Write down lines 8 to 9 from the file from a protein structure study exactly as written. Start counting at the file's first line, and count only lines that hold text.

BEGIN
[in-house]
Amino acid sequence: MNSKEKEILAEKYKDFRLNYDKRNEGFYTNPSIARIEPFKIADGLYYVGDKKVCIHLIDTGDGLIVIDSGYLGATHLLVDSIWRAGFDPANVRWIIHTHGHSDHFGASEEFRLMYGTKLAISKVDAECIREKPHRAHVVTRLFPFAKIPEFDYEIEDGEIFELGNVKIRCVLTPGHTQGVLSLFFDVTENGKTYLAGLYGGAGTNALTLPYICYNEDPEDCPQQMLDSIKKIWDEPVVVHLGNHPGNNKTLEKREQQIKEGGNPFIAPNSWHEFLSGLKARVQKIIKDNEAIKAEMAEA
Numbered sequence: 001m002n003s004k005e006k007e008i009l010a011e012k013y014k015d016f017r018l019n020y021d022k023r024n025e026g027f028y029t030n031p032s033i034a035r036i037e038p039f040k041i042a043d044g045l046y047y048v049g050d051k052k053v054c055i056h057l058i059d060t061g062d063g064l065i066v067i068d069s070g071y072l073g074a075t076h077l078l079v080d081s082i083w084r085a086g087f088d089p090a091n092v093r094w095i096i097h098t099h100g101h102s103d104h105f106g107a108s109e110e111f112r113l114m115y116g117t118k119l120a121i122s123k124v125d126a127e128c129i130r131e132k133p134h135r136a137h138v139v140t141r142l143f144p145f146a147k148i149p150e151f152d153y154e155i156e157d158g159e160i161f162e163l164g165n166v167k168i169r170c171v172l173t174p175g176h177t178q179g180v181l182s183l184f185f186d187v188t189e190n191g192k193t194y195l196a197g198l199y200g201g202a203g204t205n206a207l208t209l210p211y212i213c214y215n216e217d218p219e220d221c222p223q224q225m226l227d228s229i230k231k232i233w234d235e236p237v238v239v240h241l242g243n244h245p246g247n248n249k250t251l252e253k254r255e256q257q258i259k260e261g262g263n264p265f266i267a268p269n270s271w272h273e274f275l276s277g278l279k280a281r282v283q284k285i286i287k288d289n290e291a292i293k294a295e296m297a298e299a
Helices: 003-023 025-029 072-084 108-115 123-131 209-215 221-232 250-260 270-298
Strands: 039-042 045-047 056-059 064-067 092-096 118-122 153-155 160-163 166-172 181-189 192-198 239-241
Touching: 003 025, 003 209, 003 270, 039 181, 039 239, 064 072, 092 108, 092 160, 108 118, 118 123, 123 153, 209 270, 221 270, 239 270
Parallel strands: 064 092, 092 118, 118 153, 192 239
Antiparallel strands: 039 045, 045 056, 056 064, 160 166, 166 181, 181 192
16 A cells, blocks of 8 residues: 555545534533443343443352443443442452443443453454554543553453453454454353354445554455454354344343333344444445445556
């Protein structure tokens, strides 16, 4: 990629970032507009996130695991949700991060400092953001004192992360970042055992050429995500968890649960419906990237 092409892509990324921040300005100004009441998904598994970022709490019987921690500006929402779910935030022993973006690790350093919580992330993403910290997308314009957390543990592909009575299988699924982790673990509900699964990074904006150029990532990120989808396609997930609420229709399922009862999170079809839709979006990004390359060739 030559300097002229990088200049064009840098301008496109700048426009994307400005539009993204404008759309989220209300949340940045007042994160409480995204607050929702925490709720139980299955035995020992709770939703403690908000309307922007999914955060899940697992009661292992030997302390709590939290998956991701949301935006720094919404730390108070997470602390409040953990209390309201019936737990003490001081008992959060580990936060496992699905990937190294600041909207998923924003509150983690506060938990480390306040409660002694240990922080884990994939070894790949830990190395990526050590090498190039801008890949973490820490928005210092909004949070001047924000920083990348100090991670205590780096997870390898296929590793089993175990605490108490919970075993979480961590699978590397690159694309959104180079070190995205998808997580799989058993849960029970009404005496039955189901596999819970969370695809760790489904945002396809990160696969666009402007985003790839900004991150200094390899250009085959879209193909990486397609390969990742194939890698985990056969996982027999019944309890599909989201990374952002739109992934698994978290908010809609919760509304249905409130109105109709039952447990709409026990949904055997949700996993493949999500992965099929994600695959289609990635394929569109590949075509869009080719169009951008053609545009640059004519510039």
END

Antiparallel strands: 039 045, 045 056, 056 064, 160 166, 166 181, 181 192
16 A cells, blocks of 8 residues: 555545534533443343443352443443442452443443453454554543553453453454454353354445554455454354344343333344444445445556